Michigan Maintains Strong Clean Power Sector
The United States is undergoing a major transition to a clean energy economy, and statewide leadership is paving the way. In 2020, Governor Whitmer announced an Executive Action on Climate, which included high-reaching goals for decarbonization by 2050. To meet these goals, the governor announced this year that by partnering with three Michigan utilities - DTE, Consumers Energy and the Lansing Board of Water and Light -- all state-owned facilities managed by the Michigan Department of Technology, Management, and Budget are required to be powered by 100 percent renewable energy by 2025.
Fortunately, despite a tough year, 40 percent of U.S. power generation was carbon-free in 2020. The pandemic had little to no impact on construction activity, allowing 2020 to see the highest number of renewable energy installations ever, and growth is still on the upswing. Renewables are currently providing one-fifth of the country’s energy needs. In the Upper Midwest, Michigan’s clean power sector is contributing $5 billion in capital investment into the state’s economy.
With nearly 3,500 megawatts (MW) of wind, solar and storage online, Michigan is in the top 20 states for installed capacity. The state’s clean power sector is currently keeping the lights on in 1.4 million homes. In 2020, 11 percent of Michigan’s electricity came from renewables, with three-fifths of renewable generation coming from wind. Over $71 million in state, local and property taxes are paid every year, and an additional $35 million in annual land lease payments are being paid to rural landowners.
New legislation helps standardize taxable values for wind and solar farms
Recently, legislation was passed that would create a uniform, statewide taxable value for wind turbines to help address an ongoing problem facing counties hosting wind farms. Two bills were introduced that would tax turbines at 100 percent of their value for their first tax year, and their value will decrease by five percent each year for 15 years. After that, the rate would be constant at 30 percent of its original taxable value each year until the turbine is removed. This structure provides certainty to host communities about the amount of revenue they can expect from wind projects, making their budgeting and investment decisions easier. The tax commission voted to approve the 2022 valuation methodology. The State Tax Committee directed staff to prepare a form reflecting the methodology, which will be approved by the State Tax Commission in October.
The Michigan State Tax Commission also approved a valuation table that would create a uniform, statewide taxable value for utility-scale solar facilities. The table establishes tax rates for solar facilities installed prior to 2022. While this table will provide certainty to host communities about the amount of revenue they can expect from solar projects, it sets a very high rate of valuation for projects built within the last five years. This rate, ranging from 51 percent to 98 percent of the cost of the solar farm assets, is much higher than the rates used in Michigan’s neighboring states.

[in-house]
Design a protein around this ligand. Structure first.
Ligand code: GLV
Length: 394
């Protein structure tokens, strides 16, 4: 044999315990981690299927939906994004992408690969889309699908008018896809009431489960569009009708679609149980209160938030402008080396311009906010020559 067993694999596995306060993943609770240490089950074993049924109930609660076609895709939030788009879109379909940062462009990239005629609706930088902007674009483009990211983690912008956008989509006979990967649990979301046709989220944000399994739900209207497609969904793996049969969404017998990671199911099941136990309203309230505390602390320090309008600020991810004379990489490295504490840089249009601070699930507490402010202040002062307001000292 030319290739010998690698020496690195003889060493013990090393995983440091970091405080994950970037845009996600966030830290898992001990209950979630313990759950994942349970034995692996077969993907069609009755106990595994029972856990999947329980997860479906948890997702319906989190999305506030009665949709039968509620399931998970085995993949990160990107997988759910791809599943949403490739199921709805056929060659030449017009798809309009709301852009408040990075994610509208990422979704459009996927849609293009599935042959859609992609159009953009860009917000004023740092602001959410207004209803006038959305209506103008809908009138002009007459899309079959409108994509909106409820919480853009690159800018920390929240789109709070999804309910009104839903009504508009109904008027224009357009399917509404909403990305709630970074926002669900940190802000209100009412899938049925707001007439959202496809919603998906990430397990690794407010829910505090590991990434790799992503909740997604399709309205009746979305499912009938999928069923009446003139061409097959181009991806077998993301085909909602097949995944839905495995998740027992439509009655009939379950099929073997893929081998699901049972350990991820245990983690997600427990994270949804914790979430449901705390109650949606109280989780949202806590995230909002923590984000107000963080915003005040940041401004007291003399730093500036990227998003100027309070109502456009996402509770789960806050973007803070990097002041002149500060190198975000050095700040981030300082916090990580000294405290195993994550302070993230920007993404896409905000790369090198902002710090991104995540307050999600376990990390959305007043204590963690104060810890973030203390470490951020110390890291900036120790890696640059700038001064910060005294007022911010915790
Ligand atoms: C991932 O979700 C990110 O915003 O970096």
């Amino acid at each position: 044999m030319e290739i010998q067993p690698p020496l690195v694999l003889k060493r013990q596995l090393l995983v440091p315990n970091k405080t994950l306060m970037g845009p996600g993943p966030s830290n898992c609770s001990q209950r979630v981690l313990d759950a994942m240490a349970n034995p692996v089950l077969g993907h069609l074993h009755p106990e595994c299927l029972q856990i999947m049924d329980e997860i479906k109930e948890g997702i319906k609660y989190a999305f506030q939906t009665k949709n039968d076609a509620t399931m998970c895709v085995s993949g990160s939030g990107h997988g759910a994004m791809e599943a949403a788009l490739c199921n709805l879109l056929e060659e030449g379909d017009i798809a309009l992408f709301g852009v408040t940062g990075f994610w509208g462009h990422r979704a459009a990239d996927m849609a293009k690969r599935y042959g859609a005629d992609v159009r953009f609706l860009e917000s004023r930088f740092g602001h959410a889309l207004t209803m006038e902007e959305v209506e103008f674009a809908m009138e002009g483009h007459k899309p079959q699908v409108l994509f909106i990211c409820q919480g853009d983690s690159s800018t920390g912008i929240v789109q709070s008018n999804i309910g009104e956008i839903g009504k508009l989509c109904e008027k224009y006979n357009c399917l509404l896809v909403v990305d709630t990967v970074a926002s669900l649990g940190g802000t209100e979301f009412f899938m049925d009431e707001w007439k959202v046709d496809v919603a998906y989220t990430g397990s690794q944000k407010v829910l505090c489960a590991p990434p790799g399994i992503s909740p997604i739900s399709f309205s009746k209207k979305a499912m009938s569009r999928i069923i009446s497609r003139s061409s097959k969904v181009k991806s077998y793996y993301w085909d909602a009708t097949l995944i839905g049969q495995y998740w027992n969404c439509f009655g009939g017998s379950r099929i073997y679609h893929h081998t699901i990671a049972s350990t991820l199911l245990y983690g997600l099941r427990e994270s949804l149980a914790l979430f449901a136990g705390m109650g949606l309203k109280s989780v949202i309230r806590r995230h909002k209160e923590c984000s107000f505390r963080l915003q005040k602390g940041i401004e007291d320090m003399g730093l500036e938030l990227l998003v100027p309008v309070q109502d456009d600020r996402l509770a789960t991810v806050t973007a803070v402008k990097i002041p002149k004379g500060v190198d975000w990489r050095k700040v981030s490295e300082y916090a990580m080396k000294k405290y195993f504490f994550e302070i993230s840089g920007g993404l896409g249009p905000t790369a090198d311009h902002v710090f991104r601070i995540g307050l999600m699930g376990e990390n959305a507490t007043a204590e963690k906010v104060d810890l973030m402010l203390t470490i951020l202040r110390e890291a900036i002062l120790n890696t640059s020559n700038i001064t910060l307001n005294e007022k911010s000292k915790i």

Significant Solar Development on the Horizon
The state’s solar sector is seeing steady growth. Although Michigan ranks 25th in the nation for its solar capacity, its 591 MW is enough to power over 93,000 homes. Yet, there’s much more in store in the coming years. Michigan is slated to see over 2,000 MW of new solar over the next five years. Solar prices have dropped 90 percent since 2009, making it one of the cheapest sources of new generation available. The solar industry has already invested over $784 million in Michigan, and the industry employs over 4,500 people with good family-supporting jobs through its 217 solar companies, including 77 manufacturers, 83 installers and developers and 57 other related companies.
Michiganders also benefit from the great jobs offered by the renewable energy sector, which includes wind, solar and storage. New, well-paying jobs with benefits are emerging across the state. At the same time, local businesses benefit from the economic ripple effect that comes from renewable energy development. Renewable energy is the second largest clean energy employer in Michigan, with over 10,700 workers. Michigan’s metro areas such as Detroit (50,229) and Grand Rapids (9,546) offer large numbers of clean energy jobs, but more than 22,500 jobs are located in rural areas that are seeing populations decrease and the median age increase. That almost 20 percent of the state’s renewable energy workforce going to regions where they are needed most!
Clean energy gives Michigan good-paying jobs and economic development for rural communities. Now that’s just smart!